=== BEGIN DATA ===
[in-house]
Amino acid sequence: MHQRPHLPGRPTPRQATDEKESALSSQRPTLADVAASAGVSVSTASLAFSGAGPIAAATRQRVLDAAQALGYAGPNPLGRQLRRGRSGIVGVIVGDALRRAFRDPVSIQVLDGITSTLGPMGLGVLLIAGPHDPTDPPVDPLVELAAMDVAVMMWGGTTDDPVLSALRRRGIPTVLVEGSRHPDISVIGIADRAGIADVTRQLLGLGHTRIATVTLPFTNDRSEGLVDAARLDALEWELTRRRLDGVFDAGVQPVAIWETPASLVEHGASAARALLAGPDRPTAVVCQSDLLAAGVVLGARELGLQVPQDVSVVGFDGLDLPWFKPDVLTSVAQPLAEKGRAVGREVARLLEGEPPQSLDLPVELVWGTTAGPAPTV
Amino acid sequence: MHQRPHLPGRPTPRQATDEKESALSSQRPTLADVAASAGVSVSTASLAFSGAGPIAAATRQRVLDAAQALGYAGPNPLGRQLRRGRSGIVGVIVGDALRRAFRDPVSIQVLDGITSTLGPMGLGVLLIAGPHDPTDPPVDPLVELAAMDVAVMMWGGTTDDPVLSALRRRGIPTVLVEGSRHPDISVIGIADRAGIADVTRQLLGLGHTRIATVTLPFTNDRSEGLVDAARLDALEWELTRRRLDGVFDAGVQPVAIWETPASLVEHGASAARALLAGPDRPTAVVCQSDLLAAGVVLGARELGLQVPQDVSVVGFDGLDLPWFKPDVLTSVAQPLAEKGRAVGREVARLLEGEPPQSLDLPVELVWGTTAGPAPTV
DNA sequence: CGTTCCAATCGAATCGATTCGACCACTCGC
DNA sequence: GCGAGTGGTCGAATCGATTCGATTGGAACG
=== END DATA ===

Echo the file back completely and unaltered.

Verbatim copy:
[in-house]
Amino acid sequence: MHQRPHLPGRPTPRQATDEKESALSSQRPTLADVAASAGVSVSTASLAFSGAGPIAAATRQRVLDAAQALGYAGPNPLGRQLRRGRSGIVGVIVGDALRRAFRDPVSIQVLDGITSTLGPMGLGVLLIAGPHDPTDPPVDPLVELAAMDVAVMMWGGTTDDPVLSALRRRGIPTVLVEGSRHPDISVIGIADRAGIADVTRQLLGLGHTRIATVTLPFTNDRSEGLVDAARLDALEWELTRRRLDGVFDAGVQPVAIWETPASLVEHGASAARALLAGPDRPTAVVCQSDLLAAGVVLGARELGLQVPQDVSVVGFDGLDLPWFKPDVLTSVAQPLAEKGRAVGREVARLLEGEPPQSLDLPVELVWGTTAGPAPTV
Amino acid sequence: MHQRPHLPGRPTPRQATDEKESALSSQRPTLADVAASAGVSVSTASLAFSGAGPIAAATRQRVLDAAQALGYAGPNPLGRQLRRGRSGIVGVIVGDALRRAFRDPVSIQVLDGITSTLGPMGLGVLLIAGPHDPTDPPVDPLVELAAMDVAVMMWGGTTDDPVLSALRRRGIPTVLVEGSRHPDISVIGIADRAGIADVTRQLLGLGHTRIATVTLPFTNDRSEGLVDAARLDALEWELTRRRLDGVFDAGVQPVAIWETPASLVEHGASAARALLAGPDRPTAVVCQSDLLAAGVVLGARELGLQVPQDVSVVGFDGLDLPWFKPDVLTSVAQPLAEKGRAVGREVARLLEGEPPQSLDLPVELVWGTTAGPAPTV
DNA sequence: CGTTCCAATCGAATCGATTCGACCACTCGC
DNA sequence: GCGAGTGGTCGAATCGATTCGATTGGAACG